Theodore Roosevelt National Park


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I’m sure happy we had Teddy Roosevelt as a president. On reflection he was responsible for a lot of what the U.S. is today. But on to the park!

The colors in this place are kaleidoscopic.  In late summer and fall everything turns brown; this time of year it is as lush and green as you can imagine.

20150615081624132015061508161112One of the first things we checked out was the Cottonwood campground where we considered checking last night to see if we could camp there.  That would have been a mistake.  We’re a bit too long for any of the sites we saw available, and a little bit too long for almost all of them.  So, it was good we stopped where we did.

2015061508075908The first overlook we came to we were greeted by our first Bison.  We saw several more during our drive through the 32 mile auto route.

20150615081627072015061508162911Not long after that we visited one of several of the prairie dog villages along the route.  For one thing, I don’t think I have ever seen as many of these little guys in one place before in my life.  They’re a hoot to watch; even though they are considered varmints by farmers. In a place like this they are just cute and adorable.

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A digger is sending plumes of dirt skyward.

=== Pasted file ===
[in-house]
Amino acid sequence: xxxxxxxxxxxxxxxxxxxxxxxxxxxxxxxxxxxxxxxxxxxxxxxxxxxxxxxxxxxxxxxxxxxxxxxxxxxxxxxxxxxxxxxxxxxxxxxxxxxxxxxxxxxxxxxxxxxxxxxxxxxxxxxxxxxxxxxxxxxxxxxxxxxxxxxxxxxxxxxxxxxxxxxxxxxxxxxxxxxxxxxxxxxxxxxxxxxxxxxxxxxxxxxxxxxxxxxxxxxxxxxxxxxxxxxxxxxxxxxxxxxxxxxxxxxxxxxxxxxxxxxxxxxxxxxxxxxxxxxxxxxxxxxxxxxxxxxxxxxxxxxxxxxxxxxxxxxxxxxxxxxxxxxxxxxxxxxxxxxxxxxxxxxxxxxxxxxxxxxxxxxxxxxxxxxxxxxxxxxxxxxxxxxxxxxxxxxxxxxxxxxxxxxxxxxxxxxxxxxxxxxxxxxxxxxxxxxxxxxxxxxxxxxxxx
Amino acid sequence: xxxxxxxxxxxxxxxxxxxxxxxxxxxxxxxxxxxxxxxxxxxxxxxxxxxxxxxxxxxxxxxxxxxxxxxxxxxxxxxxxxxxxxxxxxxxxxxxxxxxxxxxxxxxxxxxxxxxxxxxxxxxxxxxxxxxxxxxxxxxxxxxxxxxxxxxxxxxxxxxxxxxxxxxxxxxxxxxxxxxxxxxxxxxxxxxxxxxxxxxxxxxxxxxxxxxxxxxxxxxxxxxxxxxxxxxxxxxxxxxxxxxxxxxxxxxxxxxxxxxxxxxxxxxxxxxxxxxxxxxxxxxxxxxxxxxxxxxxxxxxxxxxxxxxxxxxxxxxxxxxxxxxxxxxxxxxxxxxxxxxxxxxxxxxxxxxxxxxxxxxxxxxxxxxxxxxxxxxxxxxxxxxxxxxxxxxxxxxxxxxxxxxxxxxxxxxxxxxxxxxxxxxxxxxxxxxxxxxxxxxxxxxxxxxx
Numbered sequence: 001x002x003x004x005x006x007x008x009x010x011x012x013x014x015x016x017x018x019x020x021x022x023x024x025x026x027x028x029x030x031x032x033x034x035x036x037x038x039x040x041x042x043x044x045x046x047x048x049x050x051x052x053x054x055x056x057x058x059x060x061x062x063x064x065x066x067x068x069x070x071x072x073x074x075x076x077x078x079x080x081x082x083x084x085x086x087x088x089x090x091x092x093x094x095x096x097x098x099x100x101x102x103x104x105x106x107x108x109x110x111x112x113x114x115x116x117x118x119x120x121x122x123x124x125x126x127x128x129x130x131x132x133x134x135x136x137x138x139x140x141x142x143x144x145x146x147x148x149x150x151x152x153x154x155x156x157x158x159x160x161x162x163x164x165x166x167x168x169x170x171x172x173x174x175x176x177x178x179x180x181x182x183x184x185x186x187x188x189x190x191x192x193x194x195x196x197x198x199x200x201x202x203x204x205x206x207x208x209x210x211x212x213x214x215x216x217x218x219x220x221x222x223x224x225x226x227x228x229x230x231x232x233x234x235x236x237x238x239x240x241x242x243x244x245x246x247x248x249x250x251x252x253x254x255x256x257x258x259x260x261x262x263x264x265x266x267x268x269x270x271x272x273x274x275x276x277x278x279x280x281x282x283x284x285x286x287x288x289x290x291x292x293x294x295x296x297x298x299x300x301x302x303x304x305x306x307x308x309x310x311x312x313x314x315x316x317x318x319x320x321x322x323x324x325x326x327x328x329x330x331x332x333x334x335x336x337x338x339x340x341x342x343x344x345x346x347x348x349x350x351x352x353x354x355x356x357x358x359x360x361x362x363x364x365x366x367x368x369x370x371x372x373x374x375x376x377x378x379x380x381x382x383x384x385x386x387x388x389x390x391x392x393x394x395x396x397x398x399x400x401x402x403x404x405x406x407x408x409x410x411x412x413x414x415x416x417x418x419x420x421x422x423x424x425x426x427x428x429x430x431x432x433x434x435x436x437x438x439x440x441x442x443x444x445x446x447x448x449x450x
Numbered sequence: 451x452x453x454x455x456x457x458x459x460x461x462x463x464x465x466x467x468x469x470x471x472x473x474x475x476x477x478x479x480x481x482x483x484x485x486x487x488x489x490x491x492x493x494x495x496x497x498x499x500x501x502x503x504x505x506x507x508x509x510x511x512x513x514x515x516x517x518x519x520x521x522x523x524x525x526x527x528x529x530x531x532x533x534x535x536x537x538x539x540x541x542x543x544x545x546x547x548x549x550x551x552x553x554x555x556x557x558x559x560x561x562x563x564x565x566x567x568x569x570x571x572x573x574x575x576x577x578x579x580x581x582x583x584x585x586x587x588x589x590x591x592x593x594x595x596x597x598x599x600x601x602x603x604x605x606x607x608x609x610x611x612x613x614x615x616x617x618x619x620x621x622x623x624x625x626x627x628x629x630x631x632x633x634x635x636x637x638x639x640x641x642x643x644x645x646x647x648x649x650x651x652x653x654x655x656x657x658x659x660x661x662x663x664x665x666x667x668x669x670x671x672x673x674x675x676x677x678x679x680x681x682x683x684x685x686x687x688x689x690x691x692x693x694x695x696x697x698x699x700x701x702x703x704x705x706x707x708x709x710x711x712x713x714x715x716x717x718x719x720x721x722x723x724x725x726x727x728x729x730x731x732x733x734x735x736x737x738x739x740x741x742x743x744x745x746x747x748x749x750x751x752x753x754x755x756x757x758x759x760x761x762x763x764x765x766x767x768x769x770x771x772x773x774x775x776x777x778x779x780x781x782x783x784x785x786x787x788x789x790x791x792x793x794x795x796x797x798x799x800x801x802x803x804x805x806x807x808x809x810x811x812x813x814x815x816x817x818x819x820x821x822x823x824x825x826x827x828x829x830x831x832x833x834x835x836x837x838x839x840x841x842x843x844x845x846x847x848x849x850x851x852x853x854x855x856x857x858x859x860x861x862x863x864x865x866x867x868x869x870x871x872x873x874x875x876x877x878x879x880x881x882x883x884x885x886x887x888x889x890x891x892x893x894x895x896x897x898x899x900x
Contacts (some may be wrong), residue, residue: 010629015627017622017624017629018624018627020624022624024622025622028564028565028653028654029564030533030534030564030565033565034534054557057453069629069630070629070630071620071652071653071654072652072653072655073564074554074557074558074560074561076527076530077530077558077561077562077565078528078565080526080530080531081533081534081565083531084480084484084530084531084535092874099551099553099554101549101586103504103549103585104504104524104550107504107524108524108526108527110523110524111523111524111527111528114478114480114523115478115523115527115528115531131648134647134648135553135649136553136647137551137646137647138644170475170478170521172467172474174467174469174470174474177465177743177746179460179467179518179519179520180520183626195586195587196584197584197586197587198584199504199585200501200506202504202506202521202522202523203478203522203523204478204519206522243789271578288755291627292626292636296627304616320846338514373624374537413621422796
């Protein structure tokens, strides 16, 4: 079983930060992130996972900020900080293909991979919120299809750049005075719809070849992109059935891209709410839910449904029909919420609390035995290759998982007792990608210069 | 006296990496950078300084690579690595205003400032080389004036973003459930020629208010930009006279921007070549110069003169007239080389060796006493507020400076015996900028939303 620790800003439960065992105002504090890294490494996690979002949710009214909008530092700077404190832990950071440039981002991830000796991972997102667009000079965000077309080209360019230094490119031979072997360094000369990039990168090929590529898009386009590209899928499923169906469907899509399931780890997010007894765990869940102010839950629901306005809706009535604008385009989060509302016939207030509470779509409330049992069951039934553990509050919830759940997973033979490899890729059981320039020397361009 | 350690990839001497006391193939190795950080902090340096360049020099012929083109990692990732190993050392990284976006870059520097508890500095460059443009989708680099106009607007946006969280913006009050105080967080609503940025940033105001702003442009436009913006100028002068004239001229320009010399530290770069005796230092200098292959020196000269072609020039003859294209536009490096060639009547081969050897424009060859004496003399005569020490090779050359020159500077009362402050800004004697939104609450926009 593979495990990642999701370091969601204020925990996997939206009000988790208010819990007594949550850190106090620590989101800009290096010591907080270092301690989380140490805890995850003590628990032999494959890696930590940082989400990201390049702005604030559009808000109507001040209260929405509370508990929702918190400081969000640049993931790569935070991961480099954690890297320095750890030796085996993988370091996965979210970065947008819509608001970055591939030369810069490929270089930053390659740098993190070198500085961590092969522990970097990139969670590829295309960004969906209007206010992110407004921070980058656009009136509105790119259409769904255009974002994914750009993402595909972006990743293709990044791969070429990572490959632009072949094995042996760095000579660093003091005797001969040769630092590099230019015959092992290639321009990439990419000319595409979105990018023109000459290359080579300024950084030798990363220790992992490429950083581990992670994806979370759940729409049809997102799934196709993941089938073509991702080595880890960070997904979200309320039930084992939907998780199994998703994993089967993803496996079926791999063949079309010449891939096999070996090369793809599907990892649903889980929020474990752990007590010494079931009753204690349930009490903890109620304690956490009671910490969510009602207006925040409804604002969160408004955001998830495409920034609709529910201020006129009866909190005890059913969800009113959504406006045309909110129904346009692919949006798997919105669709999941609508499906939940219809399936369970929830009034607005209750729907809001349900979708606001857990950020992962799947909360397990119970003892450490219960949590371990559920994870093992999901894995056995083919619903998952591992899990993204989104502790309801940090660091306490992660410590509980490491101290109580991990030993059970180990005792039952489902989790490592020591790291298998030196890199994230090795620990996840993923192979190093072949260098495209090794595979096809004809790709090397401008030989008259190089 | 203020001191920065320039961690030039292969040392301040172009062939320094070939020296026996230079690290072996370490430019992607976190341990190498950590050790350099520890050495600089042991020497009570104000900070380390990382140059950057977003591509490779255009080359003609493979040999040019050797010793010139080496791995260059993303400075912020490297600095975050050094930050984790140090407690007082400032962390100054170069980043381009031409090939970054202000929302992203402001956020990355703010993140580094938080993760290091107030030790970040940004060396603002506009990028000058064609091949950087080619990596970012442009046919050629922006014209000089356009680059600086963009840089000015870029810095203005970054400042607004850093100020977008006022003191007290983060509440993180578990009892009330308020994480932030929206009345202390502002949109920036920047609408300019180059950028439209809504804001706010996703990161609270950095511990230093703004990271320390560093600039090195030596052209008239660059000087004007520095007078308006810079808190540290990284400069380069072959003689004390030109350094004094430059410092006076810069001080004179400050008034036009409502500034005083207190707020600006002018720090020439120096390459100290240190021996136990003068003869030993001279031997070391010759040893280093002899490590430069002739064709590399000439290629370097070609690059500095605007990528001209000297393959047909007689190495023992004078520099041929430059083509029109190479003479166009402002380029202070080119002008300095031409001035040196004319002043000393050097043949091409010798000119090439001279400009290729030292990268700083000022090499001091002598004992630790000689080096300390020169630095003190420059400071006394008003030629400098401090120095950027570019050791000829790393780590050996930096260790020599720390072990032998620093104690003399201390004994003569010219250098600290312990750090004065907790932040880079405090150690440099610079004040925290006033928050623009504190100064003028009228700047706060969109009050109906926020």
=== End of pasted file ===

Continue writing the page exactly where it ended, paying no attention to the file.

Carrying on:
Whether digging new holes, or standing guard or just standing around in a familial group watching the tourists continue chattering back and forth to each other in a ‘tongue’ I can’t understand but do enjoy listening to.

The periodic puffs of dirt on the ground are merely Prairie Dogs mining new tunnels.

2015061508480844As I mentioned there are several villages where these guys can be found — they are the only park critters that are predictable.2015061508480141  The rest of the park critters are much less predictable and if you listen to the visitor comments in the Vistors Center its easy to tell that success at seeing wildlife varies greatly here.  20150615090346662015061509033965 2015061508542330Early morning and early evening are good times.  During the middle of the day your success is much less likely.

There are also herds of wild horses. We saw a few small groupings but there are quite a few on the property.  There are also antelope here — we saw some but they weren’t in places where it was convenient getting a decent shot.

And of course the notable animals are not all there is to see. I stopped to shoot some landscape shots and who did I find but this bumble boo pollinating a thistle!

The Featured Photo at the beginning of the article is a full frame shot of one of the Bison.  With a 500mm lens this guy was so close I could only get half of him in the frame.

Thanks for stopping by, and I’ll talk with you tomorrow.

 

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4 Comments

  1. Oh, man….I can’t wait to go back there, Peter! While there aren’t any major geological features, the place has a rugged beauty all its own. I had forgotten about the prairie dogs. Great photo of the dirt in the air. 🙂

    Jim

    Like

    1. Jim, I certainly agree with you. I never thought much about TRNP but now that I’ve been, I really want to go back for a longer visit. The terrain is amazing. There’s lots of wildlife. I wish the campsites were a little longer, not many we could fit into within the park, but there ARE campgrounds nearby.

      Yup. it’s on our return list. >

      Liked by 1 person

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